SCOPE AND REDUCTION
MEN seek for vocabularies that will be faithful reflections of reality. To this end, they must develop vocabularies that are selections of reality. And any selection of reality must, in certain circumstances, function as a deflection of reality. Insofar as the vocabulary meets the needs of reflection, we can say that it has the necessary scope. In its selectivity, it is a reduction. Its scope and reduction become a deflection when the given terminology, or calculus, is not suited to the subject matter which it is designed to calculate.
Dramatism suggests a procedure to be followed in the development of a given calculus, or terminology. It involves the search for a "representative anecdote," to be used as a form in conformity with which the vocabulary is constructed. For instance, the behaviorist uses his experiments with the conditioned reflex as the anecdote about which to form his vocabulary for the discussion of human motives; but this anecdote, though notably informative, is not representative, since one cannot find a representative case of human motivation in animals, if only because animals lack that property of linguistic rationalization which is so typical of human motives. A representative case of human motivation must have a strongly linguistic bias, whereas animal experimentation necessarily neglects this.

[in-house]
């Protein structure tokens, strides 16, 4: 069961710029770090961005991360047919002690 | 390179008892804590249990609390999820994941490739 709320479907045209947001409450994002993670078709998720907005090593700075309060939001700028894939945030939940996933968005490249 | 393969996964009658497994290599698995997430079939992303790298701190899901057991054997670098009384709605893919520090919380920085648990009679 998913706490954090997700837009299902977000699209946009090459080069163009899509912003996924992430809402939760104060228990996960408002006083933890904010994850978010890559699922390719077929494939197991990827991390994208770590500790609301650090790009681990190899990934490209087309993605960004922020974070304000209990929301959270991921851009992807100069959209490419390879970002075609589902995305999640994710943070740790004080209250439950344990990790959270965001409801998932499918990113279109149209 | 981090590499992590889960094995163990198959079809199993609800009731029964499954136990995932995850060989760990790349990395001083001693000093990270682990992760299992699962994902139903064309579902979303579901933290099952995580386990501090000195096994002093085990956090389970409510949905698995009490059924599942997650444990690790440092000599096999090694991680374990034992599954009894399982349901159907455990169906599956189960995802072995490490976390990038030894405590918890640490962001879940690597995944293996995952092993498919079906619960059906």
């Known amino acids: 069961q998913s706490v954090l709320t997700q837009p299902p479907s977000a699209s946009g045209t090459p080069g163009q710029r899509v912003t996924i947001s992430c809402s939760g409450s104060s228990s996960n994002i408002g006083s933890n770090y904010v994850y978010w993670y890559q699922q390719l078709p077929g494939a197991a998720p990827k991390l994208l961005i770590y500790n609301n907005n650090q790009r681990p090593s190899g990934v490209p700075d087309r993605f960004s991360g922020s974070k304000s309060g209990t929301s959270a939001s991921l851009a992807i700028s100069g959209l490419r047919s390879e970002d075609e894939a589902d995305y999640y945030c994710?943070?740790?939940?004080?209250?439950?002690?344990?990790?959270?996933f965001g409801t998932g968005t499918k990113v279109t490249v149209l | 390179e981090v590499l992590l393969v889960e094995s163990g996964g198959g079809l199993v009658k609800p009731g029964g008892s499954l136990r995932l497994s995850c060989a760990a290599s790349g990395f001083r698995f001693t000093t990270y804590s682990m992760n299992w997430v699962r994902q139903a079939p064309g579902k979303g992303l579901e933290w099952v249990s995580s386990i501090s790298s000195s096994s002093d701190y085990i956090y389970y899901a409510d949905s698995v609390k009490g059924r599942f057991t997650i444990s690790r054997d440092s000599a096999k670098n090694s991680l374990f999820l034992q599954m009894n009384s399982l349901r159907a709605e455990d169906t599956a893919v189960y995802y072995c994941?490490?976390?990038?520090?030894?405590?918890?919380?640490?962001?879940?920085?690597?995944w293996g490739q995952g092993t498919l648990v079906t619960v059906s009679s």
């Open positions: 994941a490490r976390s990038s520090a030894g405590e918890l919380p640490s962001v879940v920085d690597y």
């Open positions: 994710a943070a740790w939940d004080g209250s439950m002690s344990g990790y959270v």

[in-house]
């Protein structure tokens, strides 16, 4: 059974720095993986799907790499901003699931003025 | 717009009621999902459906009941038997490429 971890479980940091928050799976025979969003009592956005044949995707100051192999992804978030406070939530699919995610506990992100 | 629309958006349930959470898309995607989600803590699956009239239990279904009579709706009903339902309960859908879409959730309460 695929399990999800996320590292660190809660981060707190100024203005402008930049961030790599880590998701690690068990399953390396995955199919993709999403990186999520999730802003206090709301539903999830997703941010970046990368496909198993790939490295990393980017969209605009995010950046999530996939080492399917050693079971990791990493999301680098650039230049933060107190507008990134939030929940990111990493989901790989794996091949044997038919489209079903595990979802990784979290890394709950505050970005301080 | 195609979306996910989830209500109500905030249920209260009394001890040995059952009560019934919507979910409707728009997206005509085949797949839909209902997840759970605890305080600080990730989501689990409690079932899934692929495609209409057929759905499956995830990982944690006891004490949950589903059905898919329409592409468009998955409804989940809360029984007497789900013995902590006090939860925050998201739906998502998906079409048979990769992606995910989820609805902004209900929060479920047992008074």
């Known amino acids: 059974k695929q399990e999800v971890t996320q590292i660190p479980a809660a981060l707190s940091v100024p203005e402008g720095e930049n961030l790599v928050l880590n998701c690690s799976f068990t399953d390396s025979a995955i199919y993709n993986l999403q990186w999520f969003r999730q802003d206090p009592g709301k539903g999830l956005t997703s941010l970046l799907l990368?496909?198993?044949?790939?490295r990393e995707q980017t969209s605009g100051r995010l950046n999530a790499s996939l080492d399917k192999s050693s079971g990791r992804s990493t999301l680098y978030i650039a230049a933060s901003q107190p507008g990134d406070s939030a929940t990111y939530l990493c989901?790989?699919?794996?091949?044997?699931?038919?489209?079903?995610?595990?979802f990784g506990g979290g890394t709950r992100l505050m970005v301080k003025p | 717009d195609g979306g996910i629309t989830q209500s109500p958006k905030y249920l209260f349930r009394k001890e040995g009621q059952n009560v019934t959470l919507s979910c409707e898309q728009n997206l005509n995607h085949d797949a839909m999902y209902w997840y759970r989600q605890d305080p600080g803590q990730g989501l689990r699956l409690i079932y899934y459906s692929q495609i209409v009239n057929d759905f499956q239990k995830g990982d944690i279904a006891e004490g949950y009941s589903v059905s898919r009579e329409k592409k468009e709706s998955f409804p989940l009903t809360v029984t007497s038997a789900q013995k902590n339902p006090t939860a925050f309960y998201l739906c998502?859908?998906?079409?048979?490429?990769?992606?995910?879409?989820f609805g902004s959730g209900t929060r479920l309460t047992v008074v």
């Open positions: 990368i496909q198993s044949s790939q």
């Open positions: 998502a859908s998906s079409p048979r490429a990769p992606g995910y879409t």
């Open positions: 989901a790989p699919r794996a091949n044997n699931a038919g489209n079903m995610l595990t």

If the originating anecdote is not representative, a vocabulary developed in strict conformity with it will not be representative. This embarrassment is usually avoided in practice by a break in the conformity at some crucial point; this means in effect that the vocabulary ceases to have the basis which is claimed for it. The very man who, with a chemical experiment as his informing anecdote, or point of departure, might tell you that people are but chemicals, will induce responses in people by talking to them, whereas he would not try to make chemicals behave by linguistic inducement. And to say that people are "chem-